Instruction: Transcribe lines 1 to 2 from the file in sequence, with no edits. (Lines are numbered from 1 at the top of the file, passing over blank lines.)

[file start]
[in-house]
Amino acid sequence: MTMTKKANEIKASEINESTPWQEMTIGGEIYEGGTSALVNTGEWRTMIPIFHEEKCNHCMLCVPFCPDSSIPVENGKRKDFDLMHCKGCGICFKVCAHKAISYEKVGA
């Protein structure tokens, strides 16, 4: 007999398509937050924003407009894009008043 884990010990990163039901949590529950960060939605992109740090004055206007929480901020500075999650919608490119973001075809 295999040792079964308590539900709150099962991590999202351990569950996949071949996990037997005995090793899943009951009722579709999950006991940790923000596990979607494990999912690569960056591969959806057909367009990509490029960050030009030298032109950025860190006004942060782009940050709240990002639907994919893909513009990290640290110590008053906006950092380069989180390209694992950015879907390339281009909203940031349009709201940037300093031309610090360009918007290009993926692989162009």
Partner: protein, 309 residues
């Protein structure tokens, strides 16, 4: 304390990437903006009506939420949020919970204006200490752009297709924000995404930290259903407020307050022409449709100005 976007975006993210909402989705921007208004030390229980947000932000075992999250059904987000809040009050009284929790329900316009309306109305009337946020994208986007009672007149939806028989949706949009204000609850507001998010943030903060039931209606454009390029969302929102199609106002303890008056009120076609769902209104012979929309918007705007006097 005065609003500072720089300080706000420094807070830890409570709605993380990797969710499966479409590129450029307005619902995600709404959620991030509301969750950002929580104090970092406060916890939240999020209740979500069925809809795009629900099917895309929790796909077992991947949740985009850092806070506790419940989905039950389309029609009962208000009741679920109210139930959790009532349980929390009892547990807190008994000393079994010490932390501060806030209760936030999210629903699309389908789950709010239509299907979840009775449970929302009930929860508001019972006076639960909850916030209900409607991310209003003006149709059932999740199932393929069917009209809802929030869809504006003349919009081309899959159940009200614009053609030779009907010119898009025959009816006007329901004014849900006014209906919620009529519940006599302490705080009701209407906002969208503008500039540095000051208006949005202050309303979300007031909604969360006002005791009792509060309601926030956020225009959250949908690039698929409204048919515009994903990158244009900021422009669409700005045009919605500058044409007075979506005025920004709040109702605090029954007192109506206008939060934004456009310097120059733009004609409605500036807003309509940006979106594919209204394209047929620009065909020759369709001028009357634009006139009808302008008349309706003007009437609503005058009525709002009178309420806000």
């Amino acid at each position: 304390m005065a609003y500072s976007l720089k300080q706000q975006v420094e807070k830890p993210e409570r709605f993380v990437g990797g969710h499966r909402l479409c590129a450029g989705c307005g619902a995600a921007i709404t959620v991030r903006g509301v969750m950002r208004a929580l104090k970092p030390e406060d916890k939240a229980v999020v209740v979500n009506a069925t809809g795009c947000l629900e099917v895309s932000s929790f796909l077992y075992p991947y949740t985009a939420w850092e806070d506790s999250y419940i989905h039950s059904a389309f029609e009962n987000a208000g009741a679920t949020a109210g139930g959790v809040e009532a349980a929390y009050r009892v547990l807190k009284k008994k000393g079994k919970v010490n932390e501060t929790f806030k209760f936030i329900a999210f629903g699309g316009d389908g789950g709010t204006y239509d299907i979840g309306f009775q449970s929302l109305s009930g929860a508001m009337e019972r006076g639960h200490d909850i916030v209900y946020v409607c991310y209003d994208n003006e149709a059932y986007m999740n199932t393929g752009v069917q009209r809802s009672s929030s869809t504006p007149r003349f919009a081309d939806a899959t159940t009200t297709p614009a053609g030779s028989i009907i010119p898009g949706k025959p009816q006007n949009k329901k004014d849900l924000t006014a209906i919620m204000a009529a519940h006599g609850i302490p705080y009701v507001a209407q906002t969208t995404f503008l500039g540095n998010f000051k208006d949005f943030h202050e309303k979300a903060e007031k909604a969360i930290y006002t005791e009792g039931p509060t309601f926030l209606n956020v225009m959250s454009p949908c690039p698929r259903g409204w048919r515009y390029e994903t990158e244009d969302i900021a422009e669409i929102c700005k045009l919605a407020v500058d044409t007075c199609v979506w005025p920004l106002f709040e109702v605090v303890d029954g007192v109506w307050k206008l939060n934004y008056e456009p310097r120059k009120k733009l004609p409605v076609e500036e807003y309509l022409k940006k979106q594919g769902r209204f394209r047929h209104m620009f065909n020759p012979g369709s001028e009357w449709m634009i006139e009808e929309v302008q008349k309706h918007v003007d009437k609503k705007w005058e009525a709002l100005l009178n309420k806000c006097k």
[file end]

[in-house]
Amino acid sequence: MTMTKKANEIKASEINESTPWQEMTIGGEIYEGGTSALVNTGEWRTMIPIFHEEKCNHCMLCVPFCPDSSIPVENGKRKDFDLMHCKGCGICFKVCAHKAISYEKVGA